·      C-section Rate (Excluding Pre-Term and Multiple Gestations) and Vaginal Birth After C-Section (VBAC) Rate – RVHS is higher than the national and provincial average for all years reported for both indicators.
·      30-Day In-Hospital Mortality following Acute Myocardial Infarction (AMI) – RVHS was better than the national and provincial average in the first two years, but has become higher in the final two years reported on. We are examining the factors that contributed to this result. As the regional centre for cardiac care, we see a variety of heart attack patients in dire need of our expertise. We will take the report’s findings as a further motivation to examine how we can improve our highly specialized services for patients. Our readmission rate after AMI, for example, is better than the average in the report, so we know there are daily success stories in our cardiac program. This downturn may be tied to introducing the Code STEMI Program in February 2009, serving Scarborough; and in February 2010, fully expanded to Durham. Measures that have been implemented to improve care of AMI patients include:
-       Increased focus on clinical guidelines and order sets, medication reconciliation practices, patient and family education programs, coordination with pre- and post-hospital providers, cardiac support programs;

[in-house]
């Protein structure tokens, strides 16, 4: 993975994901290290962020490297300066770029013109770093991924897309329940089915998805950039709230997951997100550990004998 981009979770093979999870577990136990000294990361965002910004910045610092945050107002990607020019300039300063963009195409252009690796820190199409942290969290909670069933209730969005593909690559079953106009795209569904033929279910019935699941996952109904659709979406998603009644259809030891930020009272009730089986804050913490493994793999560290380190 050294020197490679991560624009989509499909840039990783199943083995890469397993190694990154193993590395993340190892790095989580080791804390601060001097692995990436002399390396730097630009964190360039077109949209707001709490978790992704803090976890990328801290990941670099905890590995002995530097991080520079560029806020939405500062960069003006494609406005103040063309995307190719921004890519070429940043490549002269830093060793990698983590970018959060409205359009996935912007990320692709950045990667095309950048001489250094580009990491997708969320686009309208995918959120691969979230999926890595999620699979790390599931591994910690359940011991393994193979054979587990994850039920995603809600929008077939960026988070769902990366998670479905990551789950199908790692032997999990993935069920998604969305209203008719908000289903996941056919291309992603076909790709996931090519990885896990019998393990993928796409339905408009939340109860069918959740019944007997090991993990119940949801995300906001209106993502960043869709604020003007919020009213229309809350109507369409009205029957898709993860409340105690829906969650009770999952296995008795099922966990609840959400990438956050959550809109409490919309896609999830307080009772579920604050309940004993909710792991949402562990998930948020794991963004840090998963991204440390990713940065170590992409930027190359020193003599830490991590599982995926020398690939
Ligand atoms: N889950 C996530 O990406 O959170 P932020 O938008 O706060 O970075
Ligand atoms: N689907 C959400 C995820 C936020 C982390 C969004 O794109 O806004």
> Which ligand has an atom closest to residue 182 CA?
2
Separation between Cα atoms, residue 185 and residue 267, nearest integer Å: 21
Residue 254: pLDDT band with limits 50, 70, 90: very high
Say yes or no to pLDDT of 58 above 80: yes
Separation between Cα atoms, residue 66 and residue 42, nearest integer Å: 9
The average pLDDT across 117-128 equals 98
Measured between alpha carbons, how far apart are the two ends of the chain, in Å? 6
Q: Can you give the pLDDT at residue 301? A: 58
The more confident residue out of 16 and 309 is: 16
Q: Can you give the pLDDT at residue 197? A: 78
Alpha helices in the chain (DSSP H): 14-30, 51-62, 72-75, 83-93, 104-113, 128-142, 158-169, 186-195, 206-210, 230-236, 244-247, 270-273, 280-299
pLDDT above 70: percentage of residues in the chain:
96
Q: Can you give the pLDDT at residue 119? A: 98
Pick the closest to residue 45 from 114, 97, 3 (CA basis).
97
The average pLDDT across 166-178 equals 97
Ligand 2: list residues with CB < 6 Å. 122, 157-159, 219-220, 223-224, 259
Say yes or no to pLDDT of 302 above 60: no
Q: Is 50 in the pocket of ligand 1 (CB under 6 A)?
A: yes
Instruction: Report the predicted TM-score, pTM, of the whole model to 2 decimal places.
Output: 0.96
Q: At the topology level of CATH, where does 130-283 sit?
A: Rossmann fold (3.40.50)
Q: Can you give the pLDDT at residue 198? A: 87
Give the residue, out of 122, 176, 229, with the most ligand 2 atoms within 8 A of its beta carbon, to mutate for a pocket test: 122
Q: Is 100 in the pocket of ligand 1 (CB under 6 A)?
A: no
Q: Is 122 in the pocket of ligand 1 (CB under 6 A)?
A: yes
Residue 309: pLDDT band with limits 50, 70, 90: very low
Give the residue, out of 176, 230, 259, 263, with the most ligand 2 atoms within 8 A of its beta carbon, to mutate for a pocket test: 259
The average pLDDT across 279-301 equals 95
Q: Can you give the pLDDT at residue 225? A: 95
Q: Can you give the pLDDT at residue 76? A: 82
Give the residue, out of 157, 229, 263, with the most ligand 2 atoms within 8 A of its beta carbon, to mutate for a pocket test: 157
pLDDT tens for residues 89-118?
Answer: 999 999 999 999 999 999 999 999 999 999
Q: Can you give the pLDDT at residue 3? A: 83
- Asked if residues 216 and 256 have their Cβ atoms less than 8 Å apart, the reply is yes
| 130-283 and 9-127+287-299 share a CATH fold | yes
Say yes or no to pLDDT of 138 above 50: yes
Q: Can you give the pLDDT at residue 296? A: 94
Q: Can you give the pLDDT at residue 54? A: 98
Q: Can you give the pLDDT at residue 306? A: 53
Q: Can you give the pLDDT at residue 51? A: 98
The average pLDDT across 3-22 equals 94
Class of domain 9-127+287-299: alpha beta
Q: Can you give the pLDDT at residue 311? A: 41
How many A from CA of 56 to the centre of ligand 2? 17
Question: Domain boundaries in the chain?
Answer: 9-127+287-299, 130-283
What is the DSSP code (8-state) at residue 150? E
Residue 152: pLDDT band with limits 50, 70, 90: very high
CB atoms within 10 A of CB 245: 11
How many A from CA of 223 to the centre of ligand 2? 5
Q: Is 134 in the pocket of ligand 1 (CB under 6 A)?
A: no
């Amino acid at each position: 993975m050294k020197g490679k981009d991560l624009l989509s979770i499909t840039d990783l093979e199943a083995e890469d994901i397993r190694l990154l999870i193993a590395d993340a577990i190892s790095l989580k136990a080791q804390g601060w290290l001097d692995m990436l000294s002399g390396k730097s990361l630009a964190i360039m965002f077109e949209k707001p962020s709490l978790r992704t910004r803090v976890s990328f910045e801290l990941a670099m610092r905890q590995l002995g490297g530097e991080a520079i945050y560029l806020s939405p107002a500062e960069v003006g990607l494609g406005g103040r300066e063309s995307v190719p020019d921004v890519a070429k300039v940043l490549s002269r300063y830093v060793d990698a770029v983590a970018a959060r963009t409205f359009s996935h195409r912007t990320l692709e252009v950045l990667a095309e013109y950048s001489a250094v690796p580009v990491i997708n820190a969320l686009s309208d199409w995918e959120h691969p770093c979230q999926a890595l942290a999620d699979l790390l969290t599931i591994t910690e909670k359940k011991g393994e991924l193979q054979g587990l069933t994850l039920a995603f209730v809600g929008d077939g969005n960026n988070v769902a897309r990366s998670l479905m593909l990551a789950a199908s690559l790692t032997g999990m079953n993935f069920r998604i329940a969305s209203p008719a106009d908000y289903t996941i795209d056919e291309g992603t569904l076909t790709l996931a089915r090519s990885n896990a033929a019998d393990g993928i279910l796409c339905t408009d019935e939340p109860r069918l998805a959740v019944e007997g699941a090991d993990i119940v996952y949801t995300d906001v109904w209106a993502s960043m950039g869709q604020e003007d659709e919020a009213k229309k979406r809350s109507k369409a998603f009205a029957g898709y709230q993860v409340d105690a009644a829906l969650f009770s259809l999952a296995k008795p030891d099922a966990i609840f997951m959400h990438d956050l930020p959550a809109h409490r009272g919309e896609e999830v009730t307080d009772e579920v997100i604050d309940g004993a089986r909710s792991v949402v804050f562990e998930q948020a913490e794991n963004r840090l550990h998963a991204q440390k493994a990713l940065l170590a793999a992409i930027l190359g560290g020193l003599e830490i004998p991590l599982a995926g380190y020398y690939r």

-       Quality improvement committees, participation in quality collaboratives; holding staff accountable for quality;
-       Communication and coordination among providers;
-       Problem solving and continuous learning;
-       Development of a cardiology focus unit with enhanced staff presence and expertise in AMI care; sustained cardiologist physician champions, empowered nurses, involved pharmacists.
·       Administrative Service as a Percent of Total Expenses – RVHS is worse than the national and provincial averages for all three years reported.
·      Cost per Weighted Case – RVHS is higher than the provincial average for all three years reported, reflecting that it is more expensive to deliver care at RVHS than the average hospital. 

As I said we’re working on all of these. I should elaborate also on the administrative service cost percentage, in which we are listed as being the worst in the province.